Migrant workers: Nepali labour exodus targets Middle East

Migrant workers: Nepali labour exodus targets Middle East

Many Nepalis who move to the region in search of work encounter widespread abuse and exploitation. Some even end up losing their lives.

WASHINGTON: Kumar Thapa, a 41-year-old migrant worker, returned to Nepal in 2018 after labouring for nine years in the Middle East. Working for a construction company in Saudi Arabia, he used to save enough to send the equivalent of about $98 to his family back home. The money was spent on his child’s education as well as on building a small house in their hometown in Sindhupalchowk district. All in all, Thapa’s family was able to afford a comfortable life with the income he earned in the Middle East. But his story is more of an exception than a rule. Many Nepalis who move to the region in search of work encounter widespread abuse and exploitation. Some even end up losing their lives. At least 7,467 migrant workers have died abroad since 2008, according to figures from the government’s Labor Migration Report, with 750 of those deaths reported between 2018 and 2019.

These figures exclude workers who migrate through unauthorized channels as well as labourers who work in India. Recruitment agencies often deploy intermediaries to find potential migrant workers. They regularly use deception or coercion to hire workers and promise them lucrative jobs. While host countries usually require employers to pay recruitment fees, they often pass on the costs to workers, who take out loans to pay back the costs. The workers then face a heavy debt burden amounting to thousands of euros even before they leave their country of origin.

From the time they land in their host country, they are subject to stringent restrictions on their movement and freedoms, as part of the “Kafala” — or sponsorship — system, which gives employers total control over migrant workers’ employment and immigration status. The system is in force in all Arab Gulf countries, except Iraq, as well as in Jordan and Lebanon.

Employers regularly seize workers’ passports, visas and phones, and sometimes also reduce or withhold their wages. While domestic workers are confined to their homes, labourers toiling at construction and industrial sites are relegated to tiny and overcrowded dorms. Gender-based discrimination is rampant with many female domestic workers experiencing abuse, including sexual violence. Despite the risks and potential for exploitation, Middle Eastern countries continue to attract hundreds of thousands of Nepali migrant labor every year. Last year alone, over 620,000 Nepali workers moved to the region.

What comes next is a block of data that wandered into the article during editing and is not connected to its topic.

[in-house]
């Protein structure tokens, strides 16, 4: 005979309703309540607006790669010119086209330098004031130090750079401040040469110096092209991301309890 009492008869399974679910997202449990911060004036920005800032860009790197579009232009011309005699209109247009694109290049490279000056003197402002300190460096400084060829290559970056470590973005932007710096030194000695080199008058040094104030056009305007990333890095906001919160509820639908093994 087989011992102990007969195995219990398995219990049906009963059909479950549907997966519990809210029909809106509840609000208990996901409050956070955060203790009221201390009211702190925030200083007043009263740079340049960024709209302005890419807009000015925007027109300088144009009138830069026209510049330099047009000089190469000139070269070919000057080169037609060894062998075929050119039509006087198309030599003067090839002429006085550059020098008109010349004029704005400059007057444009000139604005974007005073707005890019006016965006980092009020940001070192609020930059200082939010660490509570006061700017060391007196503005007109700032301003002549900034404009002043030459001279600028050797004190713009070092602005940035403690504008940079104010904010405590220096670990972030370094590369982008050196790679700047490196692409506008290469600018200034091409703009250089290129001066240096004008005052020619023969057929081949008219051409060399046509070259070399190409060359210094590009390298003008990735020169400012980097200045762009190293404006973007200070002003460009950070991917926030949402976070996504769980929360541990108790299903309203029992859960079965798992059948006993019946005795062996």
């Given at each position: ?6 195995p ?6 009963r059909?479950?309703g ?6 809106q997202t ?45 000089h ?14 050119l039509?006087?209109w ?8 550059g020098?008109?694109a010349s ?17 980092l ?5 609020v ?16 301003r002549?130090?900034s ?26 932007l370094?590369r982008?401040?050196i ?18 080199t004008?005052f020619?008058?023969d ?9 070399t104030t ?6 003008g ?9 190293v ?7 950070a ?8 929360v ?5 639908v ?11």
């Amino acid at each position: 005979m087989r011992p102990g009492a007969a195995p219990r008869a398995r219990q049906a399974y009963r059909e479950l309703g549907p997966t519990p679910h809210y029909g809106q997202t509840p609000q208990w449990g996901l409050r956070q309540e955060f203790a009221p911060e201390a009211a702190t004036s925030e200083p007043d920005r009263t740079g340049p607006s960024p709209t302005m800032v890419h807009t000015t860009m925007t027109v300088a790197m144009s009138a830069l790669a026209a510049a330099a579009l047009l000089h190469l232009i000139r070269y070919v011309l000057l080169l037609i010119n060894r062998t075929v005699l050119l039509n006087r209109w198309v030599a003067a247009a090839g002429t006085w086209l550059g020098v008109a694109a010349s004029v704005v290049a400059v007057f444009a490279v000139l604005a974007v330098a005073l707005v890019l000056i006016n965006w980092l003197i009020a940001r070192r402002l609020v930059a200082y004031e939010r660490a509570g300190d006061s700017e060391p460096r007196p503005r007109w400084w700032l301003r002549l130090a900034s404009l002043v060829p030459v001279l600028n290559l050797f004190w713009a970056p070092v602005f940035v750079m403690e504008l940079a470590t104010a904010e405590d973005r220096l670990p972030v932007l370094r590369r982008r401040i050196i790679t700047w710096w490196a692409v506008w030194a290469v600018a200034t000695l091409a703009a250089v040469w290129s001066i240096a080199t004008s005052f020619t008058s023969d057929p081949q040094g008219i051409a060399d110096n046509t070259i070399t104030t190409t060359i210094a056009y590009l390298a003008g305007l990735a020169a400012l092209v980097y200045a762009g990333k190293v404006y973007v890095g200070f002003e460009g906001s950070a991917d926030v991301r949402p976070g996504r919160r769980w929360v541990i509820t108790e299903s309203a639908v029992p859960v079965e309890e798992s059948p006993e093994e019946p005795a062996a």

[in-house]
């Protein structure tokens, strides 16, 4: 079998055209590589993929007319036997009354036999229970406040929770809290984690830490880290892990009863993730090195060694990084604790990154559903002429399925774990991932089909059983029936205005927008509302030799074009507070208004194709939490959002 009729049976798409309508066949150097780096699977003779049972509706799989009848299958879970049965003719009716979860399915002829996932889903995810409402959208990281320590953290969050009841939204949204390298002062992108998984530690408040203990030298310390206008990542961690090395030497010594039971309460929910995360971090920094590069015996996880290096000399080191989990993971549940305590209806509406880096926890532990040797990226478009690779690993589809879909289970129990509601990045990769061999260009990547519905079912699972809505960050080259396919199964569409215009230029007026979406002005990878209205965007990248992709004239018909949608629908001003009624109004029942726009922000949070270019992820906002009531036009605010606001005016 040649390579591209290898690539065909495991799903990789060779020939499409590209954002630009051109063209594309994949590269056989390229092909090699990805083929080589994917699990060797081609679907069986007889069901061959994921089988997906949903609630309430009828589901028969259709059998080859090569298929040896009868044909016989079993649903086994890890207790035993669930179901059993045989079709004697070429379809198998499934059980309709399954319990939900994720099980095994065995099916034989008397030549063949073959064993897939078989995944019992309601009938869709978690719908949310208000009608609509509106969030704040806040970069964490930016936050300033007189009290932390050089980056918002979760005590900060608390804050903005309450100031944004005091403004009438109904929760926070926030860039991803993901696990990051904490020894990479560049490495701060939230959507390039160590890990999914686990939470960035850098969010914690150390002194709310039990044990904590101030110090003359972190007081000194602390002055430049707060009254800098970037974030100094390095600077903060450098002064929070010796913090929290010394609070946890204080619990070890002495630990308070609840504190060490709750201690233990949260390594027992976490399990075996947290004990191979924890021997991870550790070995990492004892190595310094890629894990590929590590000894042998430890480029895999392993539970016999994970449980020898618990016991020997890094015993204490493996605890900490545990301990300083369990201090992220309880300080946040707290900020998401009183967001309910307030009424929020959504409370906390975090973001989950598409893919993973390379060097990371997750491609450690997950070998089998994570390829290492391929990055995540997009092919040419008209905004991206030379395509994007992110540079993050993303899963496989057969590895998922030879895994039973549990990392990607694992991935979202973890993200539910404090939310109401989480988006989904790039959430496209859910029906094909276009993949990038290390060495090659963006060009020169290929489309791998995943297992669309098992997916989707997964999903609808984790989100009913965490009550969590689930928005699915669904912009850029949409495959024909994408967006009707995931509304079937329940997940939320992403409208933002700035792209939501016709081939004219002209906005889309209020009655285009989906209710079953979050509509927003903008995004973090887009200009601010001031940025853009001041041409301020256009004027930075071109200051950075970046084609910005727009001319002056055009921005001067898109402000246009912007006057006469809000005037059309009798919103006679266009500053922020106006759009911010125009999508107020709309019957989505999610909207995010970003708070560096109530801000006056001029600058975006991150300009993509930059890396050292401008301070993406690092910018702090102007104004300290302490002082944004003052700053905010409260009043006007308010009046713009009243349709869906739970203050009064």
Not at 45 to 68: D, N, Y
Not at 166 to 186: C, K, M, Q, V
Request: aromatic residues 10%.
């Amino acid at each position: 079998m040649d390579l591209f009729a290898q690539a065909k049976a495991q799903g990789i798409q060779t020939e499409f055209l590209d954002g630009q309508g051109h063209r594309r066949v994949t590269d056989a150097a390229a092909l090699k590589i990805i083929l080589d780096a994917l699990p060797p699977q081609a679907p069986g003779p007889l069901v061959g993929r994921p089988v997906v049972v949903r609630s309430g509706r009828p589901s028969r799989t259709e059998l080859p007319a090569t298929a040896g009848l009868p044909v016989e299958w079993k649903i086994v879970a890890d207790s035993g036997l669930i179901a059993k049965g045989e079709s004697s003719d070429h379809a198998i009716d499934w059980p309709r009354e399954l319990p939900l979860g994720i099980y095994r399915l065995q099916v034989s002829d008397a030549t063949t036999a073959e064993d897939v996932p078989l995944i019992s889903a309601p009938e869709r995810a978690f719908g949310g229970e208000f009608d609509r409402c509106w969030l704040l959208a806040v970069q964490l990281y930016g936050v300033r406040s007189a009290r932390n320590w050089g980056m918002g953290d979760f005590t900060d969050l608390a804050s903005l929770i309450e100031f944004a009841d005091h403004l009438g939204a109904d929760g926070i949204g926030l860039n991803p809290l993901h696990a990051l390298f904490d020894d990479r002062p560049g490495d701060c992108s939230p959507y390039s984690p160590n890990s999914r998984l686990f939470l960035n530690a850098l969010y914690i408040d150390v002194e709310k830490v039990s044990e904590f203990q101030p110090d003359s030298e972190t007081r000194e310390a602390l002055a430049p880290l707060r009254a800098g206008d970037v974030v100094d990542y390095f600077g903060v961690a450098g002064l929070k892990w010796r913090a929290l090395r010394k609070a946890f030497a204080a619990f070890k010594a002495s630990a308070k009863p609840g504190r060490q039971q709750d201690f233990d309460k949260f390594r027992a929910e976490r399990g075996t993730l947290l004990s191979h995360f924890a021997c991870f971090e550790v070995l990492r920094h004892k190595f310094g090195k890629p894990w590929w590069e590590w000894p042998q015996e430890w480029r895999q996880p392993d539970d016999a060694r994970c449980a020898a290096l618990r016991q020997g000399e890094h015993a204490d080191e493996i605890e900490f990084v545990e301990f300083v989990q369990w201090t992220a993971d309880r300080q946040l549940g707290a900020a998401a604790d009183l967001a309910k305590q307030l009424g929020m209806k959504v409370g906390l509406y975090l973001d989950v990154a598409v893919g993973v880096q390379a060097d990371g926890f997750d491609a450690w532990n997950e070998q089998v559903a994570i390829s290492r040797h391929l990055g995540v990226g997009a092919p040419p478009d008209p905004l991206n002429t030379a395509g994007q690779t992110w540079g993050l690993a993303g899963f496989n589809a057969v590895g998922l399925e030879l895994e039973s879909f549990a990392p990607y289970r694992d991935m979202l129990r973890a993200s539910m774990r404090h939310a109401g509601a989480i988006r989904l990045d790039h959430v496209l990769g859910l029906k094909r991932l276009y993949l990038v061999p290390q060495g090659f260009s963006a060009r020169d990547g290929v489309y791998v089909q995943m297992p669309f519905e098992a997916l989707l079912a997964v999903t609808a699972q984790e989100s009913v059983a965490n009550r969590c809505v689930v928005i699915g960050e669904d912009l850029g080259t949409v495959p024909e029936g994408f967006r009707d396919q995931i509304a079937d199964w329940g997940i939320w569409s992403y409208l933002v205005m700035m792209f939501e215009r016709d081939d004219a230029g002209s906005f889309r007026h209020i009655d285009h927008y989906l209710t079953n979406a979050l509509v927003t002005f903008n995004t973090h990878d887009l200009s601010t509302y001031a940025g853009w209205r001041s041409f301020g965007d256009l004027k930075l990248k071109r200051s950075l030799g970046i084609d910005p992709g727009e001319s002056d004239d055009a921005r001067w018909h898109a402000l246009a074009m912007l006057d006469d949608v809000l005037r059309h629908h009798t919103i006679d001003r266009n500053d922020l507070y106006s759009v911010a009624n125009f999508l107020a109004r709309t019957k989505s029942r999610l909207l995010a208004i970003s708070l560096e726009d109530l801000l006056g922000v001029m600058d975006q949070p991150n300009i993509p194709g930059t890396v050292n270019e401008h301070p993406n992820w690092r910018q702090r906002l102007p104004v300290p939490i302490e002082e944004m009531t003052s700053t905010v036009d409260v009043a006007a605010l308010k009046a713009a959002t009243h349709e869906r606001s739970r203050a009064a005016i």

That’s because these jobs often offer higher pay than jobs in Nepal.

Many workers then send remittances home, which now account for as much as 25% of the nation’s total economic output. Nepal is currently the fifth most remittance-dependent economy in the world. The remittances have lifted a significant number of households out of poverty. This influx of outside cash has been keeping the economy afloat for a long time now, despite the country suffering bouts of political instability over the past decade. The high reliance on remittances means that the government has been wary of taking measures that could hurt migration to these countries, and, in turn, the flow of cash into Nepal. Recruitment agencies also lobby the Nepali government to ensure their activities aren’t restricted. “The Foreign Employment Act states that the recruiters’ businesses are protected. Those companies don’t care whether workers’ rights are respected or not, or when workers are offered different, low-paying jobs than what was mentioned in their contracts,” Kul Prasad Karki, chairperson of Pravasi Nepali Coordination Committee (PNCC), an NGO working for the rights of migrant workers, told DW.

The issue of migrant worker abuses has been back in international focus as Qatar prepares to host the 2022 FIFA World Cup this month. Reports suggest that many of the thousands of workers who toiled under scorching conditions to build the infrastructure needed for the tournament — including stadiums, roads and hotels — have suffered from heat-related deaths and injuries.

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